As with PR there’s been primarily focus on marketing communications at a tactical level through Social Media – particularly Facebook. There is the challenge for marketing in really understanding how to engage people beyond gaming them (likes on Facebook tied into competitions etc). It has potential to affect pricing and customer relations in particular, although the responsiveness of organizations is lagging behind what could be done. Obviously online purchasing has been a challenge to many brick-based retail organizations – but again there needs to remain a balance as not everyone can and will shop or research/seek information online.
Q: What are the main challenges of measuring PR and social media activities? What do you think is the most effective way of measuring them?
The focus has been on metrics that are technologically driven and so lack consideration of meaning. The example is Likes or Followers – this doesn’t tell us anything about engagement. Likewise cumulative measures of Followers is meaningless. There needs to be more engagement with qualitative measures and also looking beyond the ‘size’ aspects of data for data’s sake.
Q: Can you please briefly describe a normal working day? What are your usual day-to-day activities; how much of them are combined with social media, e.g. how much time of your workday do you spend in blogs and social media networks etc?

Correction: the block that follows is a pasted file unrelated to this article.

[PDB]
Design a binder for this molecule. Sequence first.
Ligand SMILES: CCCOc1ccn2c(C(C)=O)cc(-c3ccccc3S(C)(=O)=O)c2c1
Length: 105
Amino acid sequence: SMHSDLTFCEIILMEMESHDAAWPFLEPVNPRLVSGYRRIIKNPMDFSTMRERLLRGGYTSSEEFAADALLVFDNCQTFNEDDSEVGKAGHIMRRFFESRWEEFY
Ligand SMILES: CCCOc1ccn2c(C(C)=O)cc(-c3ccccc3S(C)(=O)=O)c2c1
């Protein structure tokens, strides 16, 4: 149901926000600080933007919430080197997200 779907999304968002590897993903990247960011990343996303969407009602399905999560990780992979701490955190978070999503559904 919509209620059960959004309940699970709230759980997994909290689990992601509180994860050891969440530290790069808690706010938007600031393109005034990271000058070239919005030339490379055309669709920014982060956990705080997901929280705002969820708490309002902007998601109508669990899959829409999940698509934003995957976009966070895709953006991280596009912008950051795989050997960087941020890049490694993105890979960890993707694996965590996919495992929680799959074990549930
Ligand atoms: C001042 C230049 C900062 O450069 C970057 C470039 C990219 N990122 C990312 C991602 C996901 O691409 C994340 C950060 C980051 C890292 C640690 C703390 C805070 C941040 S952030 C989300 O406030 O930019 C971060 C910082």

It varies depending on what else I have going on, but using mobile devices (Blackberry, iPhone and iPad) as well as PC/Mac to check SM is easy and I do this probably a few times a day. Blogging is something I’d like to do more in terms of reading and writing, but time is a consideration for me here. Getting to grips with new technologies becomes a real challenge – but I probably try once a month at least to undertake research to keep ahead of what is going on. I’ve found services such as Eventbrite, Mailchimp and Hootsuite are great in terms of how they enable you to use technology to save time and money, whilst tapping into digital and social aspects of communications.
Q: Does this change affect your personal life? Do you spend relatively more time “working”, e.g. monitoring social media and networking, in your free time now in comparison to let’s say 6 years ago?
I’m self-employed so have viewed work as 24:7 pretty much over last 12 years. What I have noticed is that increasingly those in companies using mobile technologies respond to SM and email much more out of hours than say 2-3 years ago.
Q: What are your predictions for the future of the practice and what do you think would be the biggest challenges for the industry?
I think that PR needs to upscale from responding to all technologies in a tactical, new toy way. There will be more integration and PR practitioners are in danger of being one trick ponies (we know how to write…) and so losing out on the more strategic overview position that SM needs. The biggest challenge for the industry is the self-limitations of practitioners who don’t see the bigger picture and will increasingly be marginalized if they don’t step outside of the communications bubble to understand both the wider scope of digital/technological developments and the impact and challenges of organizations.
Want to know more about social media’s impact on PR?